On March 30, the Internet Corporation for Assigned Names and Numbers (ICANN) rejected a proposal by ICM Registry Inc. for a ".xxx" domain for Web addresses. If the proposal had passed, it would have let providers of adult entertainment sites voluntarily register with the new domain, making it easier for families to avoid age-inappropriate materials.
This is the third time the ICANN board rejected such a proposal from ICM.
What does this somewhat obscure international organization have to do with how the Internet will be managed and how governments around the world will view their role in regulating content? Quite a lot - and not necessarily all good.
The issue of what to do about online porn while protecting free speech goes back several years. The Communications Decency Act of 1996 - a portion of the Telecommunications Act that made it a crime to place on the Internet any sexual expression that was patently offensive or indecent unless the material could be effectively shielded from minors - was struck down by the Supreme Court a year later for being "too broad." Next came the Child Online Protection Act (COPA) of 1998, with provisions for age verification and other measures to shield children from harmful content. COPA also established a congressional commission to consider the best way to protect kids online. A hold was put on the substantial part of the law for nine years. After a recent federal court ruling upholding the injunction, the government is deciding whether to appeal. Other bills have been floated, and still more have been drafted.
I first became aware of the proposed ".xxx" domain during my time as a congressionally appointed member of the COPA Commission in 2000. The promoter was Sen. Joseph I. Lieberman of Connecticut. He argued that "rather than constricting the Net's open architecture, it would capitalize on it to effectively shield children from pornography, and it would do so without encroaching on the rights of adults to have access to protected speech."
ICM Registry agreed, took up the idea of the ".xxx" domain and promoted it to ICANN, the global coordinator of domain names. The first proposal was rejected in 2000 on the grounds that ICANN did not want to be in the content-regulation business. A revised contract from ICM with a proposed new body, the International Foundation for Online Responsibility, was rejected in 2004 on the grounds that the bid was too "vague." After incorporating ICANN's concerns and addressing the organization's fear of being seen as a global content cop, ICM submitted a further revised bid in January. This, too, has been turned down.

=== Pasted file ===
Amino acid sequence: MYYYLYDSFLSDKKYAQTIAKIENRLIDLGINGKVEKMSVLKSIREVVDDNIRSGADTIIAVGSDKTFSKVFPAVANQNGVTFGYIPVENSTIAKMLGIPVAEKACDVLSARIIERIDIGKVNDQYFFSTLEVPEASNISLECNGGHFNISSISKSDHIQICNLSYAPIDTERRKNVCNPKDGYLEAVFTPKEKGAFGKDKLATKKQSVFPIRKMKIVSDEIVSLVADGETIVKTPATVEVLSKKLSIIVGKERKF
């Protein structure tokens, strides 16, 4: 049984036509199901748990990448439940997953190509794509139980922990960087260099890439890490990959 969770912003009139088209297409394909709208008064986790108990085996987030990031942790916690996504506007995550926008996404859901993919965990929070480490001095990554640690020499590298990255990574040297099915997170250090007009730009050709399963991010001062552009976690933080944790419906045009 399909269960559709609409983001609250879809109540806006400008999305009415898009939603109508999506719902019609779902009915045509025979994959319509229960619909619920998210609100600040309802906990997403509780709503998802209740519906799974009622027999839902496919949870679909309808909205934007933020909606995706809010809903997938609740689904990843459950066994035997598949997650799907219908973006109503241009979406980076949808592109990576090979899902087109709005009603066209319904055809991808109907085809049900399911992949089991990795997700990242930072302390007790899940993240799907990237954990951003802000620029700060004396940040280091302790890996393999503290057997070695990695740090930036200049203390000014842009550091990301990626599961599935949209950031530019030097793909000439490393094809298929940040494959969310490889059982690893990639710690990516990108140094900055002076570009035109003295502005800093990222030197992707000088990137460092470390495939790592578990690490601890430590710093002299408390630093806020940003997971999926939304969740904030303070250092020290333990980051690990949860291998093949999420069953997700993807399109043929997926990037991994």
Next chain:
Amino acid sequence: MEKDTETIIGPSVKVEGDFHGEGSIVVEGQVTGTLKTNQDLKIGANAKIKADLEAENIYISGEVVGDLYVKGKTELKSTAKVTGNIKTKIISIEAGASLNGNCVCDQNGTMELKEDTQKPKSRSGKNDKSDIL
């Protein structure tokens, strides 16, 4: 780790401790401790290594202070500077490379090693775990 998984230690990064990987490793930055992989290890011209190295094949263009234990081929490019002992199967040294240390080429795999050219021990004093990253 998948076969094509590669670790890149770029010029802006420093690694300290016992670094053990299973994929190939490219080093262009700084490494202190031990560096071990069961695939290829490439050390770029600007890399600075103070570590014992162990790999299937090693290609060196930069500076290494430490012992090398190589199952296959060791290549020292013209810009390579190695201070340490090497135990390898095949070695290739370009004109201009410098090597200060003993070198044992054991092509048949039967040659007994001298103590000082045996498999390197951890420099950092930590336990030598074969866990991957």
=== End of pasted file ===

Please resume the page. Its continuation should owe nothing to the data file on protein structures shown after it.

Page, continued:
A troubling undercurrent to this unfolding saga is the impact of the Governmental Advisory Committee of ICANN on the debates, delays and decisions of the main board. Many have argued that this committee has been used to promote a stance of the Bush administration and has put undue pressure on the staff and board of ICANN. Some of the main opponents of the ".xxx" domain are members of the U.S. religious right who fear that its acceptance would legitimize porn. Critics say the White House is overly sympathetic to these views and the constituency they represent.
The implication and grave concern of those who care about the governance of the Internet is that the United States exerts a disproportionate amount of influence at a time when the administration is at pains to declare ICANN's independence and freedom from U.S.-based policy. Other countries are not convinced, and many observers worry that moves by China and others to create their own governing bodies are under way.
So, where does all this leave ICANN? While some will be cheering the decision, many more will be left wondering how this body can retain whatever semblance of transparency, objectivity and independence of government interference it claims to possess.
The decision by ICANN, influenced as it has been by political pressures, chips away at the fundamental value of the Internet. For all of us involved in the online world - and that is virtually all of us - this is a worrying trend.
Stephen Balkam is CEO of the Family Online Safety Institute. His e-mail is email@example.com.